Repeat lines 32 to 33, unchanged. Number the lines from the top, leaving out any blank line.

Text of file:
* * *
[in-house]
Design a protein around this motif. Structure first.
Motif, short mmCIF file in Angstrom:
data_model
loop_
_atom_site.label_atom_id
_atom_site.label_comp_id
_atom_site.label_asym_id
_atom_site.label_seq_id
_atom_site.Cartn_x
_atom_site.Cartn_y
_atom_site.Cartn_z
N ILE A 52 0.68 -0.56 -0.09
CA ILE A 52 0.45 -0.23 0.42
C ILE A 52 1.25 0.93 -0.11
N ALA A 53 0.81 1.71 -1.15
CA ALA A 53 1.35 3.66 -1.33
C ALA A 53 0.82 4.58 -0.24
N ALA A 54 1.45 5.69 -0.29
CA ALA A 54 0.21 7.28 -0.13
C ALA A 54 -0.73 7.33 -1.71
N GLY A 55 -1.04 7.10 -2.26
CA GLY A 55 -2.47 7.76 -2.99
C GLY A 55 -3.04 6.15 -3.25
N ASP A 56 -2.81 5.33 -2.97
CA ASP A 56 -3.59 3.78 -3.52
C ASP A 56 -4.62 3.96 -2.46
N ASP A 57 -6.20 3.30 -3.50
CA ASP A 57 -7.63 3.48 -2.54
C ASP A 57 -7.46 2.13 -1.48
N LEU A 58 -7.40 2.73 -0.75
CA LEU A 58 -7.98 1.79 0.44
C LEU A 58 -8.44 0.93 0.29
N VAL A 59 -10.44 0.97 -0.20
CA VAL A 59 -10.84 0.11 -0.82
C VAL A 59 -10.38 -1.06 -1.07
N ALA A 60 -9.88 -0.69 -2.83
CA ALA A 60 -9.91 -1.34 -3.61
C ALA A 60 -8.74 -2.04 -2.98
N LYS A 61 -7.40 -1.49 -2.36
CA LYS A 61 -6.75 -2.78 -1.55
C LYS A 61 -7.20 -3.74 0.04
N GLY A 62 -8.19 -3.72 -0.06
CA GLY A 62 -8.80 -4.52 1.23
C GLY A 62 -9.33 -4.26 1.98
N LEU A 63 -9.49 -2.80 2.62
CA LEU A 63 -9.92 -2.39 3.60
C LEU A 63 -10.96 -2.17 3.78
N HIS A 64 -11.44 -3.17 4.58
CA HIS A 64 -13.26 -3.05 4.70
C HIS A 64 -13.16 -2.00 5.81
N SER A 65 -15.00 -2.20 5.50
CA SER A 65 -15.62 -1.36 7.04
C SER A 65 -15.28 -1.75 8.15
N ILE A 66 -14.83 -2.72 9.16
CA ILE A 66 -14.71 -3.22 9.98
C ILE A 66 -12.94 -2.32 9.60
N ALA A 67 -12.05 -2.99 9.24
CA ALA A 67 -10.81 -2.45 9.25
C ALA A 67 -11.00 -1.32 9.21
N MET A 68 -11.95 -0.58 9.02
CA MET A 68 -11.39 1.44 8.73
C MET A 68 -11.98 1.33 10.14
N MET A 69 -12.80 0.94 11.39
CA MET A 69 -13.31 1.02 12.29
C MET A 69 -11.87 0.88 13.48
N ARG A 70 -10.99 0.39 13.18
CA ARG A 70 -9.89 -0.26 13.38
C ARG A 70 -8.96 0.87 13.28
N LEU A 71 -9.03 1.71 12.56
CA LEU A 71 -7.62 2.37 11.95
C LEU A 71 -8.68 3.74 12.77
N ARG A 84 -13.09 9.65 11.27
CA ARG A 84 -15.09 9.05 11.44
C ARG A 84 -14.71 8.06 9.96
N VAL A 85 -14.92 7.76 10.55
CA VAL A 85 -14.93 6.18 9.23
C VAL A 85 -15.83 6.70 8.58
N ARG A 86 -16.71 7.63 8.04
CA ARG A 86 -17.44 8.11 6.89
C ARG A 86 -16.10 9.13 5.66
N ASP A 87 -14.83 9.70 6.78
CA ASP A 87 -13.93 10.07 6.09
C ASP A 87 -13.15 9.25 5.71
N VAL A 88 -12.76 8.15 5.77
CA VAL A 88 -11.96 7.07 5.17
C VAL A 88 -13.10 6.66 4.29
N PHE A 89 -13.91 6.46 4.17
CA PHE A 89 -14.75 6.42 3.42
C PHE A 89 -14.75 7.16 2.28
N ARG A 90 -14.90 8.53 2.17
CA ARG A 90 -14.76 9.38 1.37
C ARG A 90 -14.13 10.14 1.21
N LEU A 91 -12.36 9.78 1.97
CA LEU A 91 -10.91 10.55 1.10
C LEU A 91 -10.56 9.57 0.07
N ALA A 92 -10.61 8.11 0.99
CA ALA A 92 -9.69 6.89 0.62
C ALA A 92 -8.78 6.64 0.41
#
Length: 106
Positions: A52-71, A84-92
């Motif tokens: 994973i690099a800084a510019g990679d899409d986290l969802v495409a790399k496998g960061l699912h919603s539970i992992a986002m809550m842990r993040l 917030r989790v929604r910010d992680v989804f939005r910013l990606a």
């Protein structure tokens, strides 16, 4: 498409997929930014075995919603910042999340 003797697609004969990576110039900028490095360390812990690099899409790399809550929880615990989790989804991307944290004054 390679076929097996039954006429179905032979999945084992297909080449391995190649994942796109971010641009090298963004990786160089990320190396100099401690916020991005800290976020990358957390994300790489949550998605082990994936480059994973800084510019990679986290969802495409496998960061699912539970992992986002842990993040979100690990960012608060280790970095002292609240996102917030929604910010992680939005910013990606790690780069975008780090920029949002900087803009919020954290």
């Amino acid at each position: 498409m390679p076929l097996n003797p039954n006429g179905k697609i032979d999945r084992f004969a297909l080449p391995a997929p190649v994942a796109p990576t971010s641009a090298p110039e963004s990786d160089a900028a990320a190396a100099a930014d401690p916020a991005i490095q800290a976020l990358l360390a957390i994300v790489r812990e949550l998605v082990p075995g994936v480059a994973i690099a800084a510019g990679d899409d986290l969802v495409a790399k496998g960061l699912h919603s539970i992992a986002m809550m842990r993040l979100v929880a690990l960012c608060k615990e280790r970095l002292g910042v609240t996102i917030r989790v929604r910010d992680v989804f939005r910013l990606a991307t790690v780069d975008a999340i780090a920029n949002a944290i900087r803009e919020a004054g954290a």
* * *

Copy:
CA LEU A 58 -7.98 1.79 0.44
C LEU A 58 -8.44 0.93 0.29